FHA, USDA, and VA Appraisal Rules
Government-backed loans like FHA, VA, and USDA will likely require an appraisal and possible repairs before your mortgage loan will be approved.
The priorities for the appraisal and repairs are:
- Structural soundness
- Health and safety issues
- Protecting your property value
The seller can be required to correct the potential issues before you close. The seller can also potentially do repairs afterward with an escrow holdback.
Government Loans and Their Appraisal Repair Requirements
What are the pros and cons of government-backed loans?
For eligible borrowers, FHA, USDA, and VA home loans are great options. These types of loans can offer buyers low down payments and low rates. For first-time buyers and those who do not have perfect credit, these loans make it easier to buy a house. The rules for these loans can be tricky to navigate.
The appraisal requirements for FHA insist that the home is inspected and appraised by an appraiser who is approved by the FHA. They will also be required to adhere to stricter standards that the government places. Because of this, the appraiser can potentially flag numerous things that are needing repairs.
Believe it or not, this is a good thing because the issues tend to be safety and health issues. Let’s say you have small children and the home has lead-based paint, you would not want your children to be around that.
Another thing appraisers can flag is any earth-to-wood contact. This means your house is more prone to termites and that is something you really would like to know before you purchase the house.
Some repairs can be costly, and a seller may object to tending to the repairs before the sale can be finalized. If this happens, you might have to renegotiate the deal or even look at another house.
You need to know what to expect when you are considering a VA, USDA, or FHA loan. You should also be prepared to make any repairs if needed. You should always thoroughly look into all of your loan possibilities before you make your final purchase. Government loan programs can be great for some people, but you should know what’s involved.
Government Loans Can Require More Repairs
When dealing with a conventional (non-government) loan, an appraiser has one simple goal: to determine the home’s value. Typically, when dealing with conventional loans, appraisers will use a standard appraisal form.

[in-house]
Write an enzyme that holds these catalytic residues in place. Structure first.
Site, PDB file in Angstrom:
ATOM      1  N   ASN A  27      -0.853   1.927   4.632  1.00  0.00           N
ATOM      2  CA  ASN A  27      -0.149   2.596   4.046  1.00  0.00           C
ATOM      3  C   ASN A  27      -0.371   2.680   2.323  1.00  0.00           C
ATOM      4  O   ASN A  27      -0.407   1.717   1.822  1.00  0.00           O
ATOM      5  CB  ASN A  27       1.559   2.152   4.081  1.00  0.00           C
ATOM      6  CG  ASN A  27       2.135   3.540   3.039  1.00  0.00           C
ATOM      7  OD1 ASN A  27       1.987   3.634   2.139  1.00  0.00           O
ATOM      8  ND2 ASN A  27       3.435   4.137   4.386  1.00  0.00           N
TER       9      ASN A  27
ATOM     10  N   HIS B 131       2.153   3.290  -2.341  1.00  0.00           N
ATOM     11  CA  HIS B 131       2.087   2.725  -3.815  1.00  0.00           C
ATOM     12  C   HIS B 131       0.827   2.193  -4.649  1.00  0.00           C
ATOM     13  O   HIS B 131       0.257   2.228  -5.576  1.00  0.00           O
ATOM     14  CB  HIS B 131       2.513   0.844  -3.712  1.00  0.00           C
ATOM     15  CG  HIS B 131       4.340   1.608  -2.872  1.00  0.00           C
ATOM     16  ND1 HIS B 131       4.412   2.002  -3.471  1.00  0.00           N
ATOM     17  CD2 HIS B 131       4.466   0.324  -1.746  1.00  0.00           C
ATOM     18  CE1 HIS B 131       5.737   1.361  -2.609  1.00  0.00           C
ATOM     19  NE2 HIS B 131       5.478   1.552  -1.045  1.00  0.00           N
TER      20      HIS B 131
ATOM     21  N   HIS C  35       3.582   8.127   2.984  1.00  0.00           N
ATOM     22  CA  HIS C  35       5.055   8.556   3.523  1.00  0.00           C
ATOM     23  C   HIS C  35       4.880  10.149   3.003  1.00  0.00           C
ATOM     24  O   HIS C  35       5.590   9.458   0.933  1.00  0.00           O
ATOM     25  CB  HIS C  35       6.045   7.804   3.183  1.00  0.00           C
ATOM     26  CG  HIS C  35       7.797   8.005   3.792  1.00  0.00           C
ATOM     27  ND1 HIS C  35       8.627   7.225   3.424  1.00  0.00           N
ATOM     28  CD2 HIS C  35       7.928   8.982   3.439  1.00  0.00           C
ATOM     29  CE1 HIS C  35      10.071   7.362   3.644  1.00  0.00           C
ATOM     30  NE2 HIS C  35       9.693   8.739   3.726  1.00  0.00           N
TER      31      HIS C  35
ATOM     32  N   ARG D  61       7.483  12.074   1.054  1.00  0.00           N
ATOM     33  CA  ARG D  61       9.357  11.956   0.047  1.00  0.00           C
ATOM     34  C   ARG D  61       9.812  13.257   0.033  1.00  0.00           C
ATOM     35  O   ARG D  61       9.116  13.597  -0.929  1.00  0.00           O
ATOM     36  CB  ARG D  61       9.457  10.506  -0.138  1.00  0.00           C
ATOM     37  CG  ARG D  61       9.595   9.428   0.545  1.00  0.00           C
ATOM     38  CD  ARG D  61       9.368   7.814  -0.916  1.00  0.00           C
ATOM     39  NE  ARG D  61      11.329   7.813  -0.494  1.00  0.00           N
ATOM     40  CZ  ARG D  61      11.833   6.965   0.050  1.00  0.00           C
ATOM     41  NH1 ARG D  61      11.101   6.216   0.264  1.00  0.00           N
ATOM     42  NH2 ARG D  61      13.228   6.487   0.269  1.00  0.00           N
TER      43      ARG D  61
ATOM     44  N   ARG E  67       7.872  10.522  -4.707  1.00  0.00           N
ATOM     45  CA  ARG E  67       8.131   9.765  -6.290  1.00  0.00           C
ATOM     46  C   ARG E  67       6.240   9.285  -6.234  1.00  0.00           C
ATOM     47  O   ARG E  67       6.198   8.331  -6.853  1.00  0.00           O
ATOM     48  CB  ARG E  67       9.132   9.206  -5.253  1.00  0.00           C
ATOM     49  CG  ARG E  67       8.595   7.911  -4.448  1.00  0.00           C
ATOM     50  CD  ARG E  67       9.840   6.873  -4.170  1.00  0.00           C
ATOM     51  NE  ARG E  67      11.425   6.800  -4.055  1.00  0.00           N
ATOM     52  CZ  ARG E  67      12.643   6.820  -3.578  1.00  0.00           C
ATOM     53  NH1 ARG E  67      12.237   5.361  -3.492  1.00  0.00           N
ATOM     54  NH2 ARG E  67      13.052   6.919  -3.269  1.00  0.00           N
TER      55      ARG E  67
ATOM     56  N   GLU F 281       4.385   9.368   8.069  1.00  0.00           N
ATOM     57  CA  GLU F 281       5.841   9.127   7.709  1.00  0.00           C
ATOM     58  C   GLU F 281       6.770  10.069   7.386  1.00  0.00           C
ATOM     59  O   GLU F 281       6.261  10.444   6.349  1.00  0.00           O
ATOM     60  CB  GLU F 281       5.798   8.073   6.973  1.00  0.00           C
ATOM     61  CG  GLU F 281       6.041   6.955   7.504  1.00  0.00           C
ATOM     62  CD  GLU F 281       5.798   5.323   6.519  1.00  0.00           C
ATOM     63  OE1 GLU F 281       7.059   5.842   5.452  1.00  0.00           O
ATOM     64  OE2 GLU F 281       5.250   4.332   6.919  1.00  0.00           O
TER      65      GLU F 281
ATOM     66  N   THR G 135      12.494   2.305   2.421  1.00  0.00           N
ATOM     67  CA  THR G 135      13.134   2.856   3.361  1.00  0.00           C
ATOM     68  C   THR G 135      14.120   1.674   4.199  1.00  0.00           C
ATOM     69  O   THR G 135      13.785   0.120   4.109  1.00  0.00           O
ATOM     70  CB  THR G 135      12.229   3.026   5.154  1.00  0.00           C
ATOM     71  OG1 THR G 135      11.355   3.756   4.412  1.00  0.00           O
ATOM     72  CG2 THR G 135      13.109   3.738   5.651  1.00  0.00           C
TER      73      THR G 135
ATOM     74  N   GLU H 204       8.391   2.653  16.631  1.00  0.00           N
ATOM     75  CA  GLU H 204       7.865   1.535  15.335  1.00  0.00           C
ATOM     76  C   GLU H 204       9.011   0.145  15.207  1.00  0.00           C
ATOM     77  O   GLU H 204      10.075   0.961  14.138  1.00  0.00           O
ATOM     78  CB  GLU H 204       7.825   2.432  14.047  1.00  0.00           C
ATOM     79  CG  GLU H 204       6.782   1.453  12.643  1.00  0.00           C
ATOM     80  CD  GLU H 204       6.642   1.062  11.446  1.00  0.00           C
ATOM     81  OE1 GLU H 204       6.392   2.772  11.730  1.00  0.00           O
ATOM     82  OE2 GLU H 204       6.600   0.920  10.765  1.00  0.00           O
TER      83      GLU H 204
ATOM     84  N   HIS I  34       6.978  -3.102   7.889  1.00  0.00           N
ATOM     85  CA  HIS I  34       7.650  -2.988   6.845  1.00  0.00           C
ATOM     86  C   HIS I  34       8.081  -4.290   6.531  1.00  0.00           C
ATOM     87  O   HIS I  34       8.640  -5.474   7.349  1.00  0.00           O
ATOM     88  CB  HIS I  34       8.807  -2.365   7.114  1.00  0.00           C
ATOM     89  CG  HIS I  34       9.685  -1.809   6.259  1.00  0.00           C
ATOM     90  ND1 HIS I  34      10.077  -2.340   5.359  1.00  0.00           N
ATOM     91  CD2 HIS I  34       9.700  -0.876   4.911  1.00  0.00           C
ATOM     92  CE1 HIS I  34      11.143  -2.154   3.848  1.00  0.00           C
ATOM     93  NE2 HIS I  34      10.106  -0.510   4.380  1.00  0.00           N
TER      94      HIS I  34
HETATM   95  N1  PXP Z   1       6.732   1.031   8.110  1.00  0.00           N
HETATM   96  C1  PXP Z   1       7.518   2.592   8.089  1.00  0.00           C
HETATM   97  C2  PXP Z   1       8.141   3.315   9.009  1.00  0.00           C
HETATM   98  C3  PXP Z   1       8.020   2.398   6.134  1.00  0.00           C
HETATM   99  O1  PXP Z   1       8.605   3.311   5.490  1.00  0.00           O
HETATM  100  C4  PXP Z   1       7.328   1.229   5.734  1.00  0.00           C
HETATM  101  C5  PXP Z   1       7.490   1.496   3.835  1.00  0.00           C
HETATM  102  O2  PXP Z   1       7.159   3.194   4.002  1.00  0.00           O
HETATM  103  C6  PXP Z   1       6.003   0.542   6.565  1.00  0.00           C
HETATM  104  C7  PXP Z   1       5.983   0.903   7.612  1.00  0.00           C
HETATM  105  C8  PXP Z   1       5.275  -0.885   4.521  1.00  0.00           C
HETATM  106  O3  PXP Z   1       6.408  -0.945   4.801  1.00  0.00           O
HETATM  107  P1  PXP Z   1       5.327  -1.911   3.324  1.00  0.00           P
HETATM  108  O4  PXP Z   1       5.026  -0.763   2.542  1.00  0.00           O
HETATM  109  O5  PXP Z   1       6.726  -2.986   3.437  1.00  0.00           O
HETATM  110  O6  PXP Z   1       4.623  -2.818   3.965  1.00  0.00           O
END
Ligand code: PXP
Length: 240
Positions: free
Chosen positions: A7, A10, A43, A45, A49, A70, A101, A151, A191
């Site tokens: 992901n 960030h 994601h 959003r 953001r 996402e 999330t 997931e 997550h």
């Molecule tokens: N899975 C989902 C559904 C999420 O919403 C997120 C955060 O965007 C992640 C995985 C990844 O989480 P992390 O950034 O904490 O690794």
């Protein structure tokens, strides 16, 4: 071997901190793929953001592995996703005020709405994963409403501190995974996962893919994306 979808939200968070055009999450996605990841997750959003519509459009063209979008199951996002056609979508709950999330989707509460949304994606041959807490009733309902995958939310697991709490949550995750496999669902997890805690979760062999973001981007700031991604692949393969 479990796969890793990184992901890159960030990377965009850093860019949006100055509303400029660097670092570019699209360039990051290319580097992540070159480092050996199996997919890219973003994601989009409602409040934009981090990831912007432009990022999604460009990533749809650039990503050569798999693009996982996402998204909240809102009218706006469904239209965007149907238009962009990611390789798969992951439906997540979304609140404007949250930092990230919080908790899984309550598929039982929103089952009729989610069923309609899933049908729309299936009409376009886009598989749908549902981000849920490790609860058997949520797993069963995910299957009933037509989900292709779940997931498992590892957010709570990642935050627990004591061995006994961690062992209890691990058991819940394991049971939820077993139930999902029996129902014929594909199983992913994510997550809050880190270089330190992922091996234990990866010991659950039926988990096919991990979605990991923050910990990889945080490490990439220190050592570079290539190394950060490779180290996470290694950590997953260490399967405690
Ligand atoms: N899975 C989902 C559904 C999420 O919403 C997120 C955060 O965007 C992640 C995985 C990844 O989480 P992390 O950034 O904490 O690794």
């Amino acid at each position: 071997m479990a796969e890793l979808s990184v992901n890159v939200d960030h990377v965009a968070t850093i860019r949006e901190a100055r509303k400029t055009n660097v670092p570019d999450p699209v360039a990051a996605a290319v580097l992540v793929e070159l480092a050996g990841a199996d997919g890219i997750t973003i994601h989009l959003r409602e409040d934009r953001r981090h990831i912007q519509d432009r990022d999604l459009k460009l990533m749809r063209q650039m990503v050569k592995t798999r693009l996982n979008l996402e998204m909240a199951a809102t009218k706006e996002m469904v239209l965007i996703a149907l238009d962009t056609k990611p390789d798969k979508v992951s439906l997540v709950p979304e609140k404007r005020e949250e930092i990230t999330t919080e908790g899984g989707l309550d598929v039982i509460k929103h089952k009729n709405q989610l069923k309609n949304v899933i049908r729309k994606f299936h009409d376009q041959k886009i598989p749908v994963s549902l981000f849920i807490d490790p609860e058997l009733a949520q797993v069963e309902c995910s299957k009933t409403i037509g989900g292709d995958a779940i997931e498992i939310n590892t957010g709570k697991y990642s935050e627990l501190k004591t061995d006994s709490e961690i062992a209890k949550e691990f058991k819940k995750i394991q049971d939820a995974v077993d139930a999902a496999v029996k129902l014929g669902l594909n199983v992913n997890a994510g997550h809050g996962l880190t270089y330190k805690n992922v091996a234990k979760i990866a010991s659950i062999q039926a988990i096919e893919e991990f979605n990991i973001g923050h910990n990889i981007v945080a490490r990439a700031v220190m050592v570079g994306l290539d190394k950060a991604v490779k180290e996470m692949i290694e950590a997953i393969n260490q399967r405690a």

On the other hand, a home backed by the government has additional standards that must be met. One standard is that HUD needs to approve the appraiser for an FHA-funded home. With an FHA loan, an appraiser has two jobs: inspect and appraise the property. An FHA appraisal will use a different form that has tougher requirements.
According to James Dodge, professor of law at Concord Law School at Purdue University Global, a home has to go even further than just meeting all of the local code, safety, and health standards. There are also specific requirements that are set by the VA, FHA, and USDA that a property’s condition needs to meet.
Bruce Ailion, a realtor and real estate attorney says the government enforces these strict rules for an important reason.
The reason the government enforces these rules is to protect the lender’s interest in the property that they will use as collateral. This will also allow the borrower’s interests in the property to be protected. The USDA, VA, and FHA want to be certain that a home they will be financing will meet the standards set in place.
Additional Repairs Can Happen
Some additional repairs that can happen are:
- Rotting wood
- Faulty outside doors
- Wet/damp basement or crawlspace
- Broken HVAC systems
- Electrical defects
- Plumping issues
- Foundation or structural issues
- If built before 1978, there is a risk of lead-based paint removal
- Roof repair and replacement